Because four Republicans and four Democrats signed on to U.S. Senate Bill 744, it shows a new direction in the national conversation on immigration reform, said Fernando Mejia, director of immigrant rights for Idaho Community Action Network.
Mejia sees the bill as chance to build on the momentum from last year's presidential election, which Latinos helped swing. The Coalition for Immigrant Rights of Idaho is holding a march May 1 to promote immigration reform.
"We've been doing this work for close to 15 years and we feel that this is the first real opportunity that we have to pass immigration reform," Mejia said. "We think that the country's ready for it."
The coalition is made up of many groups, including ICAN, the Community Council of Idaho, Catholic Charities of Idaho, Center for Community and Justice, Idaho Main Street Alliance, unions, Movimiento Activista Social, Idaho Hispanic Caucus for Education and Research, law firms, radio stations, students and community leaders.
SB 744, introduced last week, envisions a path to citizenship for immigrants who entered the country illegally. That's a big step, Mejia said, though he would prefer a path shortened from 13 years to around six. He also opposes the bill's shift to an employment-based immigration system and some of its border-protection measures, such as additional border patrol agents.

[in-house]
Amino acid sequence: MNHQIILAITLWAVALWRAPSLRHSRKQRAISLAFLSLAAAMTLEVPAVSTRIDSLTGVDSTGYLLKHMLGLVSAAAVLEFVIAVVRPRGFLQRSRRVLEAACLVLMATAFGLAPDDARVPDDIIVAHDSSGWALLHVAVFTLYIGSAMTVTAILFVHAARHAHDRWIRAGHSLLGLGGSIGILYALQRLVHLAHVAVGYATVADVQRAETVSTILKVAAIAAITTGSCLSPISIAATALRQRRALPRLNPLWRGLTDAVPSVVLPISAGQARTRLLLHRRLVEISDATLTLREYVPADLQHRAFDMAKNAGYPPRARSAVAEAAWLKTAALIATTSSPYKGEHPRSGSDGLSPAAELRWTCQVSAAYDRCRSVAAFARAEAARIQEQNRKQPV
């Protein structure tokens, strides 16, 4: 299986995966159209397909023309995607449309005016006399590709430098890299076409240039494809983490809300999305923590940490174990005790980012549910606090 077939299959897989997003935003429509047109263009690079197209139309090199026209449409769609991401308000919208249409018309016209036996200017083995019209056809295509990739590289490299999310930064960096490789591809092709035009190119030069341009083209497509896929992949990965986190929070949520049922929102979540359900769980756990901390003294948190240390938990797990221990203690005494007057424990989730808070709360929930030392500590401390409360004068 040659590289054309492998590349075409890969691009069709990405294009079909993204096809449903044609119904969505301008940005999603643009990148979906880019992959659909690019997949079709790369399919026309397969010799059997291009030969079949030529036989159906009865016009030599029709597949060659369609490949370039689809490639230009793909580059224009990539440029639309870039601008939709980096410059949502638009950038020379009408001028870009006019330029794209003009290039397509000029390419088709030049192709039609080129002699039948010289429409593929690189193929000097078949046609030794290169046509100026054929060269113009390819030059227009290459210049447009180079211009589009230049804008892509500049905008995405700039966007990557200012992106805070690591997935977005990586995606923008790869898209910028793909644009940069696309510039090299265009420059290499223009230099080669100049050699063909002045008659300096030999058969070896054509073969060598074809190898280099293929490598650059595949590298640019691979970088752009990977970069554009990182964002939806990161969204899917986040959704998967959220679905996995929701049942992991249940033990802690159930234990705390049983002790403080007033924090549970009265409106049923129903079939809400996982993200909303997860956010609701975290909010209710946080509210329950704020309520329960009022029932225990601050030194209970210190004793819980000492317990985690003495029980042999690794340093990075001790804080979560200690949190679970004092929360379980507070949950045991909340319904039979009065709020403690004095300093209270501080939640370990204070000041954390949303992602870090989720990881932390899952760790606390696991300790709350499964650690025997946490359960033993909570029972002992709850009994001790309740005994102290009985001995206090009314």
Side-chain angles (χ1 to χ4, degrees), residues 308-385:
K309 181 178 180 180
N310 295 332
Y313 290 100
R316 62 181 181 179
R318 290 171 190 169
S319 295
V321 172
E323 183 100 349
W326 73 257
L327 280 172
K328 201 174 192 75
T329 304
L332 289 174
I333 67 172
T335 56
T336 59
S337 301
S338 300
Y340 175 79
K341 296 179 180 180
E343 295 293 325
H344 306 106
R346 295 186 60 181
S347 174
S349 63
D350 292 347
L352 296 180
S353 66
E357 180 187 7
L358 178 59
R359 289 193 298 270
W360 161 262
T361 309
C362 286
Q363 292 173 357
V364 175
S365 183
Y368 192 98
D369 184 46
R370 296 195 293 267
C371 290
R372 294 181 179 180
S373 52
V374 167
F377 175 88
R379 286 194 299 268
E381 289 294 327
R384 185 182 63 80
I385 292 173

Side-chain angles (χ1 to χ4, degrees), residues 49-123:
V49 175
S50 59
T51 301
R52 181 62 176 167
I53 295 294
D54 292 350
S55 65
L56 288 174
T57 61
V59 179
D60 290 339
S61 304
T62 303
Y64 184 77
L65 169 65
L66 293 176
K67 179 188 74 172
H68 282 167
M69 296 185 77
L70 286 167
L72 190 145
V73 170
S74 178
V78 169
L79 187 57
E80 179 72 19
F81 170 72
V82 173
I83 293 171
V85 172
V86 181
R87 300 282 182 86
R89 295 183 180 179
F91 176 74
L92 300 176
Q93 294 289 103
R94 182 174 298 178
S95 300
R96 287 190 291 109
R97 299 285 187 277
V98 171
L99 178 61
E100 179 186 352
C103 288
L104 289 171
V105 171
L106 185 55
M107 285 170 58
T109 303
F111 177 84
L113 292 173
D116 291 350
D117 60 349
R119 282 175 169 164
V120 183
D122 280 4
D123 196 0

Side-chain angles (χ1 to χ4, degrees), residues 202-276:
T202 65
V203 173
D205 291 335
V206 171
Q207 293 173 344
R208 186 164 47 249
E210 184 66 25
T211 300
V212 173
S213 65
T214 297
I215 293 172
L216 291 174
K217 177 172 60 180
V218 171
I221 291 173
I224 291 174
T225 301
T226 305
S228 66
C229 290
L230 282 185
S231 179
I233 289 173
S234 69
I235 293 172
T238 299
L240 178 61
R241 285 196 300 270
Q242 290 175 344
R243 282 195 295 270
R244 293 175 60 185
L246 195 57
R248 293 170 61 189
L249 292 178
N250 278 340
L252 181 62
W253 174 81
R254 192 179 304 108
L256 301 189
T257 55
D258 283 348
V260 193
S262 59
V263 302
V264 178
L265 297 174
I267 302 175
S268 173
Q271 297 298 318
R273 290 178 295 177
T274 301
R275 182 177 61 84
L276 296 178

But overall, Mejia said, the bill is a good thing.
"We think that it was a really good first step in the right direction," he said. "We recognize that the bill is a compromise bill."
Along the half-mile march from Julia Davis Park down Capitol Boulevard to the Capitol, police will conduct a "rolling" road closure in which officers will shut down roads as marchers approach, then reopen them after marchers pass, Hightower said.
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